Setting Up My WordPress.org Website

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Photo Credit: ThemeForest

I’ve just set-up the WordPress.org website for my online magazine and I’m ecstatic. While of course there’s no content uploaded yet, it’s one thing to dream about something and quite another to actually see it start to come to fruition! At the moment, I prefer to keep details of the project quiet, but I will certainly divulge more later.

For now, though, I wanted to discuss the technical aspects of actually setting up the site. There are a couple of things I noticed that, for a beginner, might be confusing at first. That worried me a bit. I believe the hardest part in anything is simply starting. Setting up your website, it’s easy to give up at the first hurdle and experience overwhelming existential angst (“why isn’t my theme uploading on WordPress.com!? What am I doing with my life!? Who am I!? Why am I!? Where’s the chocolate!? ARGH!”).

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Photo Credit: IStock/VasjaKoman via The Memo

After you’ve finally worked up the nerve to start your own project, whatever it may be, that would certainly be a shame.

That’s why I wanted to write this post. I really think after you have something set up that you can just see, everything else becomes so much easier. So here are a couple of notes I made on the very first few steps that I believe could turn into obstacles along the way:

1. WordPress.com vs WordPress.org

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These are two different websites founded by the same guy, but just with different names. Yes, I agree, they could have probably alleviated a lot of headaches by differentiating the two more clearly, but what are you going to do? It’s important for you to understand this before you purchase any themes or even a host. This knowledge will help you determine: 1) where to buy your theme and 2) if you even need a host.

Right now, I am writing on the free WordPress.com site that WordPress hosts because I am cheap like that. On WordPress.org, however, you’re self-hosted which gives you a lot more control over your website. For example, you can install Google Analytics, which is one of the many reasons businesses use it.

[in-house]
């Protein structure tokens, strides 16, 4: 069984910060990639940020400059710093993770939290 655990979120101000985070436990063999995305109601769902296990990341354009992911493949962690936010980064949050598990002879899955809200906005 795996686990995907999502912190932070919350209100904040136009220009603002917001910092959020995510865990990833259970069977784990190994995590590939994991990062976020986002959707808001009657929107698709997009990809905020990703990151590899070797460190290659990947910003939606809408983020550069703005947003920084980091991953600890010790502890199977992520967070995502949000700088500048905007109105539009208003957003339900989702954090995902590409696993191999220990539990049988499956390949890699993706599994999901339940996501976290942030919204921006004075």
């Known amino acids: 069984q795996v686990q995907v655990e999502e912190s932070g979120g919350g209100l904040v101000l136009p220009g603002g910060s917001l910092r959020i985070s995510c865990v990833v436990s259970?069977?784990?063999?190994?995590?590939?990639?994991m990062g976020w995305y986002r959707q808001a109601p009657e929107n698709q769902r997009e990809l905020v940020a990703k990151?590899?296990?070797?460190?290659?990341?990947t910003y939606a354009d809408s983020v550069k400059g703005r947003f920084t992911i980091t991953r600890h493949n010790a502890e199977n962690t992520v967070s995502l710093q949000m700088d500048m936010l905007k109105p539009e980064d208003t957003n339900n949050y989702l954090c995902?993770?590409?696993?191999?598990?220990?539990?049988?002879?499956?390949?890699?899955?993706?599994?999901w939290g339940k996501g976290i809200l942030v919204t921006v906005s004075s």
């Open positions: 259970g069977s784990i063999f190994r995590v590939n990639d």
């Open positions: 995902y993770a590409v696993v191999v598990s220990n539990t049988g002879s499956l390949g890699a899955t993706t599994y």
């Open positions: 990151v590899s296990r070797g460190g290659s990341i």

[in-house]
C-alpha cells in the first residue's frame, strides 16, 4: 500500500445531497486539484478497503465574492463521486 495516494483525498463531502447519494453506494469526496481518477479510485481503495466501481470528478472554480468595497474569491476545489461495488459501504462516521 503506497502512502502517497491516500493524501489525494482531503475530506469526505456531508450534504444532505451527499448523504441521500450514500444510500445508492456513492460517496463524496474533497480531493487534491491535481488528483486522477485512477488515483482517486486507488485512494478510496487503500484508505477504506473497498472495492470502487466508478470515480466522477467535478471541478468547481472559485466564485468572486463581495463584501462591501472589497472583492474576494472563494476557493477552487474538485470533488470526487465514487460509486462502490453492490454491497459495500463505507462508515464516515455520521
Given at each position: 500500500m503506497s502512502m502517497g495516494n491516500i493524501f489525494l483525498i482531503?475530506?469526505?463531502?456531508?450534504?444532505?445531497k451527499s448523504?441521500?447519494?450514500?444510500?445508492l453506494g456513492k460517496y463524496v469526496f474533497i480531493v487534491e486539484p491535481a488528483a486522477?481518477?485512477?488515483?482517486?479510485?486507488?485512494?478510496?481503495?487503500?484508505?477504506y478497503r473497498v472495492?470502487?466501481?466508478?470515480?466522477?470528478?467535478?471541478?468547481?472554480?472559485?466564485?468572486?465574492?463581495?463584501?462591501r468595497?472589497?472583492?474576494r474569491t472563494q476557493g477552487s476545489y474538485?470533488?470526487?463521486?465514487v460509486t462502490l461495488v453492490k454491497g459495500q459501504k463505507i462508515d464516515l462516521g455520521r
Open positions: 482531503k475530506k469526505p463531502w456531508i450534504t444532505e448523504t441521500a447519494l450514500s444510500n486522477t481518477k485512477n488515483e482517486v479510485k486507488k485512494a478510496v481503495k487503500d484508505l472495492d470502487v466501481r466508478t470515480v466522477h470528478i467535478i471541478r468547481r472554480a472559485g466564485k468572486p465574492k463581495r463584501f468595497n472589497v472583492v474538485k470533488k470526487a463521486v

Now, if you’re just blogging for friends and family, it might be easier to use WordPress.com. You’ll get everything you need without the price tag, unless you purchase one of WordPress.com’s themes or a domain — even that, it might work out cheaper. (What does it mean to buy a domain and why would I want to do that? Good question! Buying a domain basically means getting rid of the “wordpress” in your URL. So instead of sheenavasani.wordpress.com, this blog would be sheenavasani.com if Sheena wasn't so stingy.)

2. Research And Find A Host First, Then Install WordPress.Org

If you choose to use WordPress.org, you cannot use it unless you buy a plan through a host like Bluehost or GoDaddy, and then install the WordPress.org software. On Bluehost, this is as easy as literally clicking “Install WordPress”, although it can be a little more tricky with other hosts. You may need to download directly from the WordPress.org website and follow their instructions.

There are a ton of posts out there comparing hosts. (Whoop, I rhymed!) Here are just a few:

  1. PC Magazine
  2. Who Is Hosting This?
  3. Website Setup

3. Choosing A Theme:

On both WordPress websites, you can choose free or premium themes. Here’s the thing though: if you’ve bought a theme from a third-party, you cannot install it on your WordPress.com website. You will only be allowed to upload that theme after you’ve downloaded the WordPress.org software.

What this means is that, after you buy a theme, all you need to do is click on “Themes” (I know, I know, if I had a penny every time I wrote the word “theme”…) in your WordPress.org administrative website. At the very top, you will read something like “Upload” which is where you will  upload your theme’s files. Make sure you install the right ones! On ThemeForest, a very reputable third-party, that means to upload “Installable WordPress file only”.

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Like with hosts, there are a lot of great pieces out there about themes. I bought the “Voice Theme” from ThemeForest, which I love. I learned about it while reading an article over at ColorLib.com.

So there you go! I’m sure there are a lot more things I could write, and if I think of them, I’ll be sure to update this post. In the meantime, good luck with your endeavors!

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